In 1969 he joined the Paul Winter Consort, whose sound blended jazz with Brazilian, African, Indian and other “world musics”, and whose alumni include members of the group Oregon. During his eight-year stint as soloist, composer and vocalist with the Consort, Darling was exposed at length to ensemble and solo improvisation. He left the Winter group in 1978 and began to record for ECM, with early albums including the solo “Journal October”, “Cycles” (with Jan Garbarek, Steve Kuhn, Collin Walcott, Arild Andersen and Oscar-Castro Neves), and “Eos”(with Terje Rypdal).
He has since worked with the widest range of musicians - from Peter, Paul and Mary to Bobby McFer-rin, from Dino Saluzzi to Arlo Guthrie, from Ralph Towner and Kenny Wheeler to Tom Rush. He has won awards for his teaching of improvisation, and recently contributed to the book “Open Ears; Musicdiverse musicians including Paul McCartney, Pete Seeger and Mickey Hart.
Ketil Bjørnstad was born in Oslo in 1952, and is a ubiquitous figure in the arts in his native country. Classically trained, he studied in London and Paris as well as his home town, and made his debut as a soloist with the Oslo Philharmonic, playing Bartók’s Piano Concerto No. 3, in 1969. A long series of solo performances and concerts with Norwegian orchestras followed. However, exposure to the music of Miles Davis’s “In A Silent Way” and Terje Rypdal’s “Bleak House” convinced him of the viability of improvisational music, and he abandoned the classical milieu. In 1973 he made his first recording – with a quartet that included ECM regulars Jon Christensen and Arild Andersen – and went on to release a further 30 albums (including five albums of solo piano, several thematically unified “concept albums”, co-productions with rock musicians, musical settings of the writings of John Donne and Knut Hamsun and much more) before finally/inevitably arriving at ECM in 1993 with “Water Stories”, his first disc for the label.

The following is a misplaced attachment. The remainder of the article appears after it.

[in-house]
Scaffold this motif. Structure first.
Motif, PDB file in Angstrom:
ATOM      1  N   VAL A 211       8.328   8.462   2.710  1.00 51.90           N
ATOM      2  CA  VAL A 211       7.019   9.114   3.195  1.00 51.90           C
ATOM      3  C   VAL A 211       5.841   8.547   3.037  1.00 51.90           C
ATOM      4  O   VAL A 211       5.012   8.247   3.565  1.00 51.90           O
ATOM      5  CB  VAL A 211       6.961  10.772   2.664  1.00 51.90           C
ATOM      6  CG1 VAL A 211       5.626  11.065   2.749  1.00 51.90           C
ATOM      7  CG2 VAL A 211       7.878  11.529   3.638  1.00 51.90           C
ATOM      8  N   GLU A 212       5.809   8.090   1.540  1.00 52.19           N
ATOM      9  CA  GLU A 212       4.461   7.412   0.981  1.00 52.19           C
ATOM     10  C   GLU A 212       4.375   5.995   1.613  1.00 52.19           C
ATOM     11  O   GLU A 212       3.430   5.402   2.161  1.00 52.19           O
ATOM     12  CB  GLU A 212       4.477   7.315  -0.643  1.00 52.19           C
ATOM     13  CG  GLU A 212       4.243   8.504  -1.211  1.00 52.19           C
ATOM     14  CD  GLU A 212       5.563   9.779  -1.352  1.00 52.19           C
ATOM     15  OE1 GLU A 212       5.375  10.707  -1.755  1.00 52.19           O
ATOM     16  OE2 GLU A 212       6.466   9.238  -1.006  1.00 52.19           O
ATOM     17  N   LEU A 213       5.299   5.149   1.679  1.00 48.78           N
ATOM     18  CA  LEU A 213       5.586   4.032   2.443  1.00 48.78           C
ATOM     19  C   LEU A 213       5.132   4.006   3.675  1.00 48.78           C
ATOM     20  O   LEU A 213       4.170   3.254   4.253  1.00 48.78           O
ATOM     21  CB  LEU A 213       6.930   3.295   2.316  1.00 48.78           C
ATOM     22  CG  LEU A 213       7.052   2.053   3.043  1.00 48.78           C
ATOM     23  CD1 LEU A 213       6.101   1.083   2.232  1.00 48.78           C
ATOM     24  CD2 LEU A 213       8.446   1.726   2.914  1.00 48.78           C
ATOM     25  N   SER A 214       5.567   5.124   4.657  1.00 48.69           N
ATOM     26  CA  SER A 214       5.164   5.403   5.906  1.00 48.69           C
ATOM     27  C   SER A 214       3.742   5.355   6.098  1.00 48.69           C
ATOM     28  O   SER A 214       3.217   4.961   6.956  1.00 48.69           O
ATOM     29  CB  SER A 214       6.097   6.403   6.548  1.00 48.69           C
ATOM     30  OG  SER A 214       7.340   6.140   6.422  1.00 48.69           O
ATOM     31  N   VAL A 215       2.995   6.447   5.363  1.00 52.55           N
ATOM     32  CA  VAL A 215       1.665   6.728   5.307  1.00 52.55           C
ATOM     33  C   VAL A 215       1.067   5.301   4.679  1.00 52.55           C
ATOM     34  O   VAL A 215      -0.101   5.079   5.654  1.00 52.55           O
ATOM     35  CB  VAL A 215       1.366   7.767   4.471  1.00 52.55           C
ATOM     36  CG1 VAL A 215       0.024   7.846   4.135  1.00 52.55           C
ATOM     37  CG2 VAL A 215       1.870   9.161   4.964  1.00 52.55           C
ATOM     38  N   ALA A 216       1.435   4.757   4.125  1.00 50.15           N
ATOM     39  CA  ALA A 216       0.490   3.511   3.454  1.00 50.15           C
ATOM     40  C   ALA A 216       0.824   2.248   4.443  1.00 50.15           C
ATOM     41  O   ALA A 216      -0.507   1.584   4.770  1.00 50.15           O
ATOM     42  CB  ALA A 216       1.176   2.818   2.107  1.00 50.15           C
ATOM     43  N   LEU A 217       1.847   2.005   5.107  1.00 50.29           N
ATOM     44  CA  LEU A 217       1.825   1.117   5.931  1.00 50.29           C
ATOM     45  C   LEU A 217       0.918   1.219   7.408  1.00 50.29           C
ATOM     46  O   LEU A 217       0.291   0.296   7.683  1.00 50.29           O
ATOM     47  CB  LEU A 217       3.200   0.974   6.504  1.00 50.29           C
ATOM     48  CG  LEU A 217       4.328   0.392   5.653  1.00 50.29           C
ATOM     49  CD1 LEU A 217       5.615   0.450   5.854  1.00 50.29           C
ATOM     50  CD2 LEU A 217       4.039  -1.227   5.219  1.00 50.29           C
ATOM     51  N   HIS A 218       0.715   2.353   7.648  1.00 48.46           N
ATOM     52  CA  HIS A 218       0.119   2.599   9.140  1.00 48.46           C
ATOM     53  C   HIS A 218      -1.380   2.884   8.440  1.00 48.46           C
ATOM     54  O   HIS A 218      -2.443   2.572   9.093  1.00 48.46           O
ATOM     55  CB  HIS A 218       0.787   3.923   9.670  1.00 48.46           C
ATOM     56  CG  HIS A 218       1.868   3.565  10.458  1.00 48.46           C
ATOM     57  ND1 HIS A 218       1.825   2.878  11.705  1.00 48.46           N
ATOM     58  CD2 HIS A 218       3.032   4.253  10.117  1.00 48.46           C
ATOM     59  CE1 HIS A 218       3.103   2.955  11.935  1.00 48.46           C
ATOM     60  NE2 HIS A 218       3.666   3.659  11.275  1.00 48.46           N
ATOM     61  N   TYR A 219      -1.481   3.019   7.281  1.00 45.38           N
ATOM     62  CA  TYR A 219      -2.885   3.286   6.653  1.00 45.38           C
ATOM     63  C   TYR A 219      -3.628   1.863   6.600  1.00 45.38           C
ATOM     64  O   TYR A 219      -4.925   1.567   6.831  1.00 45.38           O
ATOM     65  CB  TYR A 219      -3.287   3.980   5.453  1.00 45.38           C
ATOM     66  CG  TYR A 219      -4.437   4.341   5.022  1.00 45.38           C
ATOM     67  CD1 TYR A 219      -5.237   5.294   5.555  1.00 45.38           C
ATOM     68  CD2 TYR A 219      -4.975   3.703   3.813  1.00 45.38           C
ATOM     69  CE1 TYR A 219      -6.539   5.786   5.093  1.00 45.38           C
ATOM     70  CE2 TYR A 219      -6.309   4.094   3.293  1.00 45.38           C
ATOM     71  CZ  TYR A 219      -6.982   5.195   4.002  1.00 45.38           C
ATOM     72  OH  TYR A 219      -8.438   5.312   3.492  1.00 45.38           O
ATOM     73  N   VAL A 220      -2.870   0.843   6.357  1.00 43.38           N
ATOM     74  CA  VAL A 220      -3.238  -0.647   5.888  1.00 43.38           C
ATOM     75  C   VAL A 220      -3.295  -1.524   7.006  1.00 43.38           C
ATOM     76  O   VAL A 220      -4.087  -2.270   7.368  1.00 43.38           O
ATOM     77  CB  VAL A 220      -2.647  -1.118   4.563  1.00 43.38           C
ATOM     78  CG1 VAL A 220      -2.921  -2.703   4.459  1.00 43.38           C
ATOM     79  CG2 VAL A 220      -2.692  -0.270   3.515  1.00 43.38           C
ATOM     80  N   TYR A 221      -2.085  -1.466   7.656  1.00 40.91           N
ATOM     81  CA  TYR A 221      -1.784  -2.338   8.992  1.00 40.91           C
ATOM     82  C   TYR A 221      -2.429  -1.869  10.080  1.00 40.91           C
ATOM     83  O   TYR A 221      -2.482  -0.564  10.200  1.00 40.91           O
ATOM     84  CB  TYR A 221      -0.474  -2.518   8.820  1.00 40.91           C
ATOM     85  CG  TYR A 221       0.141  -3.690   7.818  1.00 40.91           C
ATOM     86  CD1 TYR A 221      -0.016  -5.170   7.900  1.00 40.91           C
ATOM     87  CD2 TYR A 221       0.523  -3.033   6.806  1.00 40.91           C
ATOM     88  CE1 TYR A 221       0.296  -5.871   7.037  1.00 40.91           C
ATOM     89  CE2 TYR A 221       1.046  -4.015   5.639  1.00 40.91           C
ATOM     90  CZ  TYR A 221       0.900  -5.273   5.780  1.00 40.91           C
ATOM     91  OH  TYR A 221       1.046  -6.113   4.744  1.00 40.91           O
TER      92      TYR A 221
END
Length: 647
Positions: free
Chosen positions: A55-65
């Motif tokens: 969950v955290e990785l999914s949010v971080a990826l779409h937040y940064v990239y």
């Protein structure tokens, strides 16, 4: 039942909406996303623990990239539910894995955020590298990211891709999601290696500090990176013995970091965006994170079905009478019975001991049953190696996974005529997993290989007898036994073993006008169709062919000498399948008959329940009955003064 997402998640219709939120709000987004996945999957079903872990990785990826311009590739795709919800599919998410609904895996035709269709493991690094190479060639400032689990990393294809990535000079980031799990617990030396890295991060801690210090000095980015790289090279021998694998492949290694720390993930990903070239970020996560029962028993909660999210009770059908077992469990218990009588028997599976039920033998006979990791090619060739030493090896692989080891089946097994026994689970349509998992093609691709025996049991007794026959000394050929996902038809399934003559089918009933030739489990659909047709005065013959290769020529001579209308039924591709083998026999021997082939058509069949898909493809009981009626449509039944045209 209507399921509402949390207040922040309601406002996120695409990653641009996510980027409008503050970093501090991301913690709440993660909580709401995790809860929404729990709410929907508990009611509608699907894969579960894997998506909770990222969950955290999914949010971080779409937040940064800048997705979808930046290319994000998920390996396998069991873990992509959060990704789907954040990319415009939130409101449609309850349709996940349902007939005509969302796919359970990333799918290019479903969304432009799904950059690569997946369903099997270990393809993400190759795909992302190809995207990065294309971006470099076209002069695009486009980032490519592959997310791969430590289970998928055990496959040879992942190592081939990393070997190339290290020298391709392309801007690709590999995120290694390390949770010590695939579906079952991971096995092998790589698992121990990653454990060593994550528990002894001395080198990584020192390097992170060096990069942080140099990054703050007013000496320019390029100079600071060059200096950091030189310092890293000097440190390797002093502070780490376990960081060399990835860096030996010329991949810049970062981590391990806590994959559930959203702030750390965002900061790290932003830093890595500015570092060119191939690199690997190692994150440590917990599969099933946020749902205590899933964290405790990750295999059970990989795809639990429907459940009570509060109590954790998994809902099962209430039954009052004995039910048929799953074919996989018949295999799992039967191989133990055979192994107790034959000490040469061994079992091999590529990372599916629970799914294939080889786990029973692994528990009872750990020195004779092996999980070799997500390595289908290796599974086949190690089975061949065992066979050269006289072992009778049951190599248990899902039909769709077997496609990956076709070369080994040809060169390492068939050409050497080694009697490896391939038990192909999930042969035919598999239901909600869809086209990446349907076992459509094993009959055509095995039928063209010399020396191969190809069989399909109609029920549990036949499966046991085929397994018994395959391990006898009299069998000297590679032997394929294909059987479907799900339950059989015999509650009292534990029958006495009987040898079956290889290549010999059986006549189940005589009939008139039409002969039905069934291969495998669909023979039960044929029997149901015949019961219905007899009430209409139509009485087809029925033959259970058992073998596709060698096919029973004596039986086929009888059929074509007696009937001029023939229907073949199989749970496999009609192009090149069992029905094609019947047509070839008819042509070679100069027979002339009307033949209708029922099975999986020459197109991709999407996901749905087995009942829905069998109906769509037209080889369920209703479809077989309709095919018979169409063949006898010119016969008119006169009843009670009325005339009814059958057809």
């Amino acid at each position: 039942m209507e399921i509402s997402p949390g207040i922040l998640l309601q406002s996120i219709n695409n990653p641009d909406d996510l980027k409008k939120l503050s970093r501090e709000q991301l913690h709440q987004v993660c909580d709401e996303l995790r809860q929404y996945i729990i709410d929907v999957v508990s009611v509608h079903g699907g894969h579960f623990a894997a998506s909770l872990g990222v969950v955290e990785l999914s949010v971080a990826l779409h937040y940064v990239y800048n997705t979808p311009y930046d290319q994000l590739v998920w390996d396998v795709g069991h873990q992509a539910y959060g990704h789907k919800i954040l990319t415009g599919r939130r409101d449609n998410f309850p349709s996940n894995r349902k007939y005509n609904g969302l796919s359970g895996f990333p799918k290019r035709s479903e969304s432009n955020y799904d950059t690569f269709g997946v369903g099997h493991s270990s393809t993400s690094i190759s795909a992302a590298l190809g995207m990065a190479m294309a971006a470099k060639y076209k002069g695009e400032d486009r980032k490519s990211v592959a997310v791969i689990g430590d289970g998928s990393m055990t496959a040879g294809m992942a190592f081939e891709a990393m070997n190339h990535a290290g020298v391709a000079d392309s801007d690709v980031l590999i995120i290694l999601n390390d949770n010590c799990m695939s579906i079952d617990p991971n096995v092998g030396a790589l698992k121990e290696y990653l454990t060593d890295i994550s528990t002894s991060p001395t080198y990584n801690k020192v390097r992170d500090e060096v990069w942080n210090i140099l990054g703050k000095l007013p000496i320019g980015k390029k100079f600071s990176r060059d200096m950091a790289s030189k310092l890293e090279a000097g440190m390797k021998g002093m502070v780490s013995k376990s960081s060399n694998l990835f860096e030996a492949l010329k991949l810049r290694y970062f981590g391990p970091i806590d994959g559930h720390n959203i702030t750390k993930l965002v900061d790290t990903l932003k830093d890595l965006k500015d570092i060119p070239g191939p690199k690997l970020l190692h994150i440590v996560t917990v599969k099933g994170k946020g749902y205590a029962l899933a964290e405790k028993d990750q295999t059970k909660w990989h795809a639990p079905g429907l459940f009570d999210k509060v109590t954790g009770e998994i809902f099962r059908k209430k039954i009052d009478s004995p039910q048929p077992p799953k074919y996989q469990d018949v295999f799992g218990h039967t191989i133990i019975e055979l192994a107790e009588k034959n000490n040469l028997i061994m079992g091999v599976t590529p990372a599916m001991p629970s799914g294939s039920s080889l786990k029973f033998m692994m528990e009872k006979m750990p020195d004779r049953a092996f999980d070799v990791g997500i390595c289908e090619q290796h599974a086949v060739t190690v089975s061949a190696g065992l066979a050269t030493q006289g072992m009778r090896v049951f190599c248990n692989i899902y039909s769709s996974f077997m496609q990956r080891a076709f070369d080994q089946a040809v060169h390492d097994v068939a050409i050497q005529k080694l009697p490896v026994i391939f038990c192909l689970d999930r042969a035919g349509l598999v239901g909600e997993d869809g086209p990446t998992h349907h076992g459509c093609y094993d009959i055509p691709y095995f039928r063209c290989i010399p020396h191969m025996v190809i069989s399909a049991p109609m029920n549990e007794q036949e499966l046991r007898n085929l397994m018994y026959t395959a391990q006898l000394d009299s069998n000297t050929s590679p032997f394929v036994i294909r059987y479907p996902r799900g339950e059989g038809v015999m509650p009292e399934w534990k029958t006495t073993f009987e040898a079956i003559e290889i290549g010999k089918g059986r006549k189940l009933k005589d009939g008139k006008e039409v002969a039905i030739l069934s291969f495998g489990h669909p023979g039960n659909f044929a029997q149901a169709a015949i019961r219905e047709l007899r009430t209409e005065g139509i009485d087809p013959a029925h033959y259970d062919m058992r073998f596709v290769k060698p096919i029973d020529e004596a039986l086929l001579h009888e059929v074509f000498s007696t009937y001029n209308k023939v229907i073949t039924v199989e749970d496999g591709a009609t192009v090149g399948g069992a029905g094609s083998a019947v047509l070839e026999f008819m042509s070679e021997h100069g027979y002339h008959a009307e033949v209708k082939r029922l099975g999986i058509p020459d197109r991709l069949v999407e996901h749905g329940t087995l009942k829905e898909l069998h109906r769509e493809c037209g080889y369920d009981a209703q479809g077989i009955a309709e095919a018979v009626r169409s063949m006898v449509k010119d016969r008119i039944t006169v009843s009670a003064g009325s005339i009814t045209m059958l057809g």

“Water Stories”, which brought together Bjørnstad, Terje Rypdal and Jon Christensen, laid the groundwork for the formation of the quartet The Sea, completed with the addition of David Darling in the autumn of 1994. The quartet has become a regular presence on the international touring circuit, and Bjørnstad also performs with other permutations drawn from its personnel. In addition to the duo with David Darling heard on “The River” and “Epigraphs”, there is now also a duo with Terje Rypdal. Both duos and quartet will be on tour throughout the world in 2000.
An exceptionally well-rounded musician (pianist, composer/arranger, improviser, interpreter), Ketil Bjørnstad also has a considerable reputation as a writer. He has published more than 20 books in Norway, primarily novels but also collections of poetry and essays. Several of his books have been translated and published internationally. His most recent novel “Fall” will be published by Germany’s Insel Verlag in Spring 2001, and his acclaimed 1993 novel “Historien om Edvard Munch”, a fictionalized account of the great painter’s life, is to be issued in an English version by Arcade this autumn.